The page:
Google v. Geico
Geico was looking to sue the search engine Google because Google was allowing rival insurance companies to advertise in ad space that popped up when Internet users searches information relating to Geico. Geico believed this was a direct violation of their trademark rights.
Geico felt the fact that Google was selling ad space to rival companies after users searched Geico related information was enough to violate their rights. Google’s trademark infringement lawyer said Google was not in violation because there is nothing in the law about keyword advertising stating it is illegal.
Google won the case after Judge Leonie Brinkema ruled Google was not violating any trademark laws. She did not believe ads present after Geico is searched was enough to cause confusion among consumers. Geico’s lawyer said the ruling was not clear and would only lead to more trademark infringement cases for Google to take part in.
Lawyers for Geico still believe it is trademark infringement to profit off of people searching someone else’s trademarked name in a search engine. The court stated it would proceed with a second phase of the trial to determine if the rival ads can legally pop up with the trademarked word “Geico” being a keyword. Trademark infringement lawyers for Geico were pleased the court decided to look into the second phase of the trial.
McCurry v. McDonald’s
McCurry, a Malaysian restaurant surprisingly defeated the huge corporation that is McDonald’s. The victory in this trademark infringement case is looked at as a major victory for the “little guys” against McDonald’s. McDonald’s was trying to sue the McCurry restaurant for using the trademarked “Mc” in its name. McCurry was victorious because there was no way anyone would ever confuse the small independent restaurant with McDonald’s. They have a completely different menu, style, look and target market. McDonald’s case was rejected.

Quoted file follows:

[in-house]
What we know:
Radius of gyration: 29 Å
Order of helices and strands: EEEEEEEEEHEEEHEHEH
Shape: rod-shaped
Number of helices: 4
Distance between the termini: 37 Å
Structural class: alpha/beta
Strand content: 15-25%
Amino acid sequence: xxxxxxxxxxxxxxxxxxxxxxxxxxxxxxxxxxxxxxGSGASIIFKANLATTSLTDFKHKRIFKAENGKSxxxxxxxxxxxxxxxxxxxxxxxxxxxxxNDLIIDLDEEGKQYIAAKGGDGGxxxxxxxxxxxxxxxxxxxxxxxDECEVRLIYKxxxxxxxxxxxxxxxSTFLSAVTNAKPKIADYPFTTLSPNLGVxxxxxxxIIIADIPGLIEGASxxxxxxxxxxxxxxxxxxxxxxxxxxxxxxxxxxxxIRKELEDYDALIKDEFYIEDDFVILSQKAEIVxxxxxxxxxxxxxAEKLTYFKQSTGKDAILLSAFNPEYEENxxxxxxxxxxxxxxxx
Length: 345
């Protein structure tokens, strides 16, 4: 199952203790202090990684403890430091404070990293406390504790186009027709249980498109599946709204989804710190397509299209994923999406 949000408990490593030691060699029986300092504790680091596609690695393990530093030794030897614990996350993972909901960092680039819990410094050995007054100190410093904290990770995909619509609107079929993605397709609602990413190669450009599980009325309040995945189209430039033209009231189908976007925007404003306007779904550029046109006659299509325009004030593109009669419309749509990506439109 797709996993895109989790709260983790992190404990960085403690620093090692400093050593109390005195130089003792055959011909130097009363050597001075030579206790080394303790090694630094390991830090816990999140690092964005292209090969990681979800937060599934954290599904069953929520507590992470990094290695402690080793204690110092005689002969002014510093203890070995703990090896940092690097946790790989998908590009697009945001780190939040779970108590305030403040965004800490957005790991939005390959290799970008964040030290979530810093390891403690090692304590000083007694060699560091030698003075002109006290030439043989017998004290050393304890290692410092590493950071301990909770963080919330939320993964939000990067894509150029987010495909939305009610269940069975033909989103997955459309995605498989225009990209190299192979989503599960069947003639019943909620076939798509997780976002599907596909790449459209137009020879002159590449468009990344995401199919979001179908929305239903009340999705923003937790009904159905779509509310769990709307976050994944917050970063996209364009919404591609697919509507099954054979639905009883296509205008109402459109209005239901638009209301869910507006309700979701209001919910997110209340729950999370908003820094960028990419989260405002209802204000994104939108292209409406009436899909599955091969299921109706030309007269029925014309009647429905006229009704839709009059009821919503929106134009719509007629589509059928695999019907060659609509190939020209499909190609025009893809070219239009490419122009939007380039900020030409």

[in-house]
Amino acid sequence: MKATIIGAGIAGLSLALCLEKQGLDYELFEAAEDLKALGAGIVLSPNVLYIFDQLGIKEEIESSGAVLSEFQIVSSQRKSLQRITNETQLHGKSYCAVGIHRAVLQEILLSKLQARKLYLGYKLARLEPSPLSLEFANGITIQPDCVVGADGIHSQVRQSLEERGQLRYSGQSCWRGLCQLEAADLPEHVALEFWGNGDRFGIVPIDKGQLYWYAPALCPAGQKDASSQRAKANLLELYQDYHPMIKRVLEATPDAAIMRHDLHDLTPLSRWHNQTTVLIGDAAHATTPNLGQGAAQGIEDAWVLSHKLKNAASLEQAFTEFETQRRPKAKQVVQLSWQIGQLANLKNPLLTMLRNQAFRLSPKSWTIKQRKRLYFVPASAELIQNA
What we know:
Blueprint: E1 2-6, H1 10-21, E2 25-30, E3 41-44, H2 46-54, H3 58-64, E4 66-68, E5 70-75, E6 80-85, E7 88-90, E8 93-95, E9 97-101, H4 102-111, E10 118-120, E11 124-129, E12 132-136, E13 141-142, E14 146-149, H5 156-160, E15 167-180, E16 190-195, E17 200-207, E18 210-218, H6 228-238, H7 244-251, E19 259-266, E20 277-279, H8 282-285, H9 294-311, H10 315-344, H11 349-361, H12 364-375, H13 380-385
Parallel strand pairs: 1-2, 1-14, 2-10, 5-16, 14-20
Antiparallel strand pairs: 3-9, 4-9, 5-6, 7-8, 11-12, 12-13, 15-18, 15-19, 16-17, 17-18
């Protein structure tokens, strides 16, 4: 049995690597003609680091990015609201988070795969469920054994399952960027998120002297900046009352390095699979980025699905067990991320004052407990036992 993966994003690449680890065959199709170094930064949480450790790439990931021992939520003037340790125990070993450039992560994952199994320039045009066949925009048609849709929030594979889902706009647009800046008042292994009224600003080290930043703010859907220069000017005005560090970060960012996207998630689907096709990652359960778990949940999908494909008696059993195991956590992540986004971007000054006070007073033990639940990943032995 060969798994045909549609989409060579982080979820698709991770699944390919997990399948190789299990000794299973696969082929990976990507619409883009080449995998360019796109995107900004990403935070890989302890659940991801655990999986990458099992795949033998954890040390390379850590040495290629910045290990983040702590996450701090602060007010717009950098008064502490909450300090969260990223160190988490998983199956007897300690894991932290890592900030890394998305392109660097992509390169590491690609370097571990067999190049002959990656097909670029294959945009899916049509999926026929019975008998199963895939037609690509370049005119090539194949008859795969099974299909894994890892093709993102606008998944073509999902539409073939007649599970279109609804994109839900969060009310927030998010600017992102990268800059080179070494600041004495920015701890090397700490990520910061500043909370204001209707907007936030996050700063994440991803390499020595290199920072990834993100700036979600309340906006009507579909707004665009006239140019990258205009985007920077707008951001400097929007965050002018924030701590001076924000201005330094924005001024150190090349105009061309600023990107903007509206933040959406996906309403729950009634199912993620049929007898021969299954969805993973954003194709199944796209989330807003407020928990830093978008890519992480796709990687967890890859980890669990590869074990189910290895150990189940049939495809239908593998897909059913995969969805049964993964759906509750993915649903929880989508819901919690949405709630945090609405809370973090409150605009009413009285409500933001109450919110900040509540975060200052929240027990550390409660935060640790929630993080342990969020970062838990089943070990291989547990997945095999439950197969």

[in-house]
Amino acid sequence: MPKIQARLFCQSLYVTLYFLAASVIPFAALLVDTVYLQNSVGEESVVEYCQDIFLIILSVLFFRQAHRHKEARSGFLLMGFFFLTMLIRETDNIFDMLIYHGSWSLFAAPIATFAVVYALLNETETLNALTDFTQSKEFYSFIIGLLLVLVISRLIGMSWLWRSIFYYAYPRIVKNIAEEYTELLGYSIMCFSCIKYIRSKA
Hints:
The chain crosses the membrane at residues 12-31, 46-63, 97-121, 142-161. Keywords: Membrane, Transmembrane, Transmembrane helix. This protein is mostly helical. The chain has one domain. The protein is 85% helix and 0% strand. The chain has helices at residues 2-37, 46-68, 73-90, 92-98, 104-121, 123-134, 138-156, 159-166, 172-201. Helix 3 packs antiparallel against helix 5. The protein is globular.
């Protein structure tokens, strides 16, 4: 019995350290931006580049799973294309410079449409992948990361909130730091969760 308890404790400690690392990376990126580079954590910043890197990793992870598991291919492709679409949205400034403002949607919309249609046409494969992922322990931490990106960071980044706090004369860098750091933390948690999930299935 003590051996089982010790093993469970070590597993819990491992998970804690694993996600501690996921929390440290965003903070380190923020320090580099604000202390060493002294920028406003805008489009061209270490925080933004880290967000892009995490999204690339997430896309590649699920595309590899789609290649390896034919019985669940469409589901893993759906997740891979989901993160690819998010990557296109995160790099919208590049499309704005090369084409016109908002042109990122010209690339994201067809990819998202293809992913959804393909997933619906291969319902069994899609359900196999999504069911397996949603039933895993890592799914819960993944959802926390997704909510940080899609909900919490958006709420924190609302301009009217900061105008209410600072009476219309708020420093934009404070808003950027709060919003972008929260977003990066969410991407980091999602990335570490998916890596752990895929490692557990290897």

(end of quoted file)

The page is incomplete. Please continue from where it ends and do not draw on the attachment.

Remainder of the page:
Currently, there are two trademark infringement cases pending involving Shaquille O’neal and Mars’ M&M’s. Shaq had trademarked the nickname Shaqtus after being traded to the Phoenix Suns. The defendants, Michael Calmese, Dan Mortensen, and their True Fan Logo, Inc had created shirts with a cactus containing Shaq’s features and has sold the shirts. They also posed for a picture with Shaq and he signed one of the shirts. Both sides believe they have legal right to use the Shaqtus trademark.
Mars Candy featured the M&M’s dressed as the trademarked character Zorro. The company also placed the Mars trademark over the Zorro character. The suit against Mars could be worth as much as $500,000.